Following are the allegations as to the acts of the defendant Oxford: "21. . . . [defendant Oxford] is aware of the contract between Plaintiff and the [defendants Preston and Duncan], and is an active participant in the aforesaid conspiracy, and that in the past, it has hired, in addition to the two [defendants Preston and Duncan], one Emery Francis Gravell, Jr., and one Robert H. Christenson, all in and pursuant to an effort of deprive Petitioner of its trade secrets and secret formulae, and of its accounts and existing customers."
The purpose of these allegations is to plead a conspiracy and thus avoid the pitfall of multifariousness. If a conspiracy is pleaded, the petition is not multifarious. Greer v. Andrew, 133 Ga. 193 (1), 199 (65 SE 416). See also Conley v. Buck, 100 Ga. 187 (28 SE 97).
A conspiracy may be defined as "a combination to accomplish an unlawful end, or to accomplish a lawful end by unlawful means." Luke v. DuPree, 158 Ga. 590, 596 (124 SE 13). (Emphasis supplied.) For a fuller definition, see Horton v. Johnson, 192 Ga. 338, 346 (15 SE2d 605). The conspiracy itself is not the gravamen of the action, but permits recovery against all those who have wronged another. National Bank of Savannah v. Evans, 149 Ga. 67 (99 SE 123).
Decisively important here is the requirement that the petition plead the preliminary or evidentiary facts which are relied upon to support the conclusion that such a conspiracy exists. Unless such facts support the conclusion, no conspiracy is pleaded. See, in this connection, Shingleur & Co. v. Swift, 110 Ga. 891 (36 SE 222)
; Johnson v. Ellington, 196 Ga. 846
(2, 3) (28 SE2d 114
); Walraven v. Walraven, 76 Ga. App. 713
, 717 (47 SE2d 148
); and City of Atlanta v. Cherry, 84 Ga. App. 728 (67 SE2d 317)
There is alleged the conclusion that conspiracy exists, first in paragraph 12 and later in paragraph 21. But the substantial question is this: Is this conclusion supported by the preliminary or evidentiary facts pleaded elsewhere as to the acts of the parties to the so-called conspiracy?
Since concert of action is the basis of conspiracy, it must be alleged that Preston, Duncan and Oxford aided and abetted each other, i.e., that all three acted jointly, in unison. The plaintiff must by its allegations tie together all three defendants upon the theory that each has conspired with the other two in violating rights owed the plaintiff.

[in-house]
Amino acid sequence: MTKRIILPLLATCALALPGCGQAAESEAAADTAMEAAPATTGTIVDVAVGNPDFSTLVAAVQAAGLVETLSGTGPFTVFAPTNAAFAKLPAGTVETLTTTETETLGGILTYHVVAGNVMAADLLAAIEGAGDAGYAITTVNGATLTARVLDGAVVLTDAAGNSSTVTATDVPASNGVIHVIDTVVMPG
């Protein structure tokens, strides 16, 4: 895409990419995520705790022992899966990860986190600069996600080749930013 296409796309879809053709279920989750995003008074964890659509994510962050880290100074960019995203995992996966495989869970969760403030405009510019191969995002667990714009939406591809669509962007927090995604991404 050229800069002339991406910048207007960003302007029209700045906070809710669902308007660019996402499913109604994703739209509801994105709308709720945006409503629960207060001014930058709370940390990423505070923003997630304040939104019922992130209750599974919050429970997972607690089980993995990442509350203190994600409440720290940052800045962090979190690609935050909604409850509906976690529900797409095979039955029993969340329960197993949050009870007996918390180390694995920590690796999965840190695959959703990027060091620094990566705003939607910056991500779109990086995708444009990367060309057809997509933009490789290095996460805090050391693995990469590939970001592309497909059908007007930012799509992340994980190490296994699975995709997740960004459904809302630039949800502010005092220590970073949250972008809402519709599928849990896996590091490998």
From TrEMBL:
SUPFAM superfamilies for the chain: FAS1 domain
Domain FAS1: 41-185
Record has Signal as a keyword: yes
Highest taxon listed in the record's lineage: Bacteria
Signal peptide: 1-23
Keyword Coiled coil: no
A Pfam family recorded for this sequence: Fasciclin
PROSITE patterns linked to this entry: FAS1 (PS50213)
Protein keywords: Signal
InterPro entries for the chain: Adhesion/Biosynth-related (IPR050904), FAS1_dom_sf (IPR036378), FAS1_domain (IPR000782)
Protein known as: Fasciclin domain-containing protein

With these principles fresh in our minds, let us examine the salient allegations made here.
Examining first those allegations pertaining to the defendant Preston (paragraphs 13 through 17, quoted, supra), we find no mention that he conspired with, or acted in concert with, or acted jointly with, or acted with the knowledge, consent or direction of the defendants Duncan and Oxford. There is no tie between him and the other two defendants in the acts which he is alleged to have done. There was alleged no plan, scheme, device, or request on the part of the defendants Duncan and Oxford on the one hand, and Preston on the other, that those or any other acts be done. Insofar as this petition alleges, Preston did these things without any such concert of action as is required for conspiracy.
Next, there is no allegation of concert of action in the activities charged (paragraphs 18 through 20, quoted, supra) to the defendant Duncan. As with Preston, none of the acts charged to Duncan are alleged to have been done as a part of any conspiracy between Duncan and Oxford and Preston.
Finally, the deficiencies already pointed out as to the allegations concerning Preston and Duncan apply equally to those (paragraph 21, quoted, supra) concerning the defendant Oxford . Aside from the conclusion that it was an "active participant in the aforesaid conspiracy," Oxford is alleged to be aware of plaintiff's contracts with Preston and Duncan and to have hired two other named employees in an effort to deprive petitioner of its trade secrets, formulae and customers. The awareness and effort here referred to are that of only one defendant--Oxford, not of the three jointly. Significantly, it is not alleged that Oxford requested or sought from Preston and Duncan any secret information, or even that it knew that they had such when it hired them.
There is alleged no such concert of action among the three as would support a conspiracy.
The petition's conclusion of conspiracy not being supported by allegations of fact, a conspiracy among the three defendants here is not pleaded. Shingleur & Co. v. Swift, 110 Ga. 891
, supra; Johnson v. Ellington, 196 Ga. 846
(3, 4) supra; Kessler v. Puritan Chemical Co., 213 Ga. 845 (102 SE2d 495)
; Puritan Chemical Co. v. Crown Chemical Co., 214 Ga. 296 (104 SE2d 457)
; Walraven v. Walraven, 76 Ga. App. 713
, 717, supra; City of Atlanta v. Cherry, 84 Ga. App. 728
The authorities relied upon by the plaintiff as to joinder are not applicable. In Aladdin, Inc. v. Krasnoff, 214 Ga. 519 (105 SE2d 730)
and Kirshbaum v. Jones, 206 Ga. 192 (56 SE2d 484)
, there were no special demurrers pointing out the multifariousness, as there is here. Each of those cases was decided upon general demurrer. Neither is support provided by Code 37-1007 or by Turner v. Security Plumbing Co., 165 Ga. 652 (141 SE 651)
, upon the theory that this is a proceeding in equity, with one common right to be established and therefore joinder is proper. This Code provision relied upon, 37-1007, and Code 3-110 which prohibits multifariousness, operate in harmony. White v. North Ga. Elec. Co., 128 Ga. 539 (2)
, 540 (58 SE 33
The special demurrer of each defendant challenging the petition upon the ground of multifariousness should have been sustained.
2. Accordingly, it was erroneous to grant the injunction. White v. North Ga. Elec. Co., 128 Ga. 539 (3), 544, supra.
3. Having held that the petition was multifarious, we will make no determination, upon this review, of the general demurrers challenging the merits of the plaintiff's causes of action against the several defendants. Burgin Lumber Co. v. Kirksey, 203 Ga. 439 (2), 440 (47 SE2d 68). Nor will the rulings on the other special demurrers be considered.
Judgment reversed. All the Justices concur.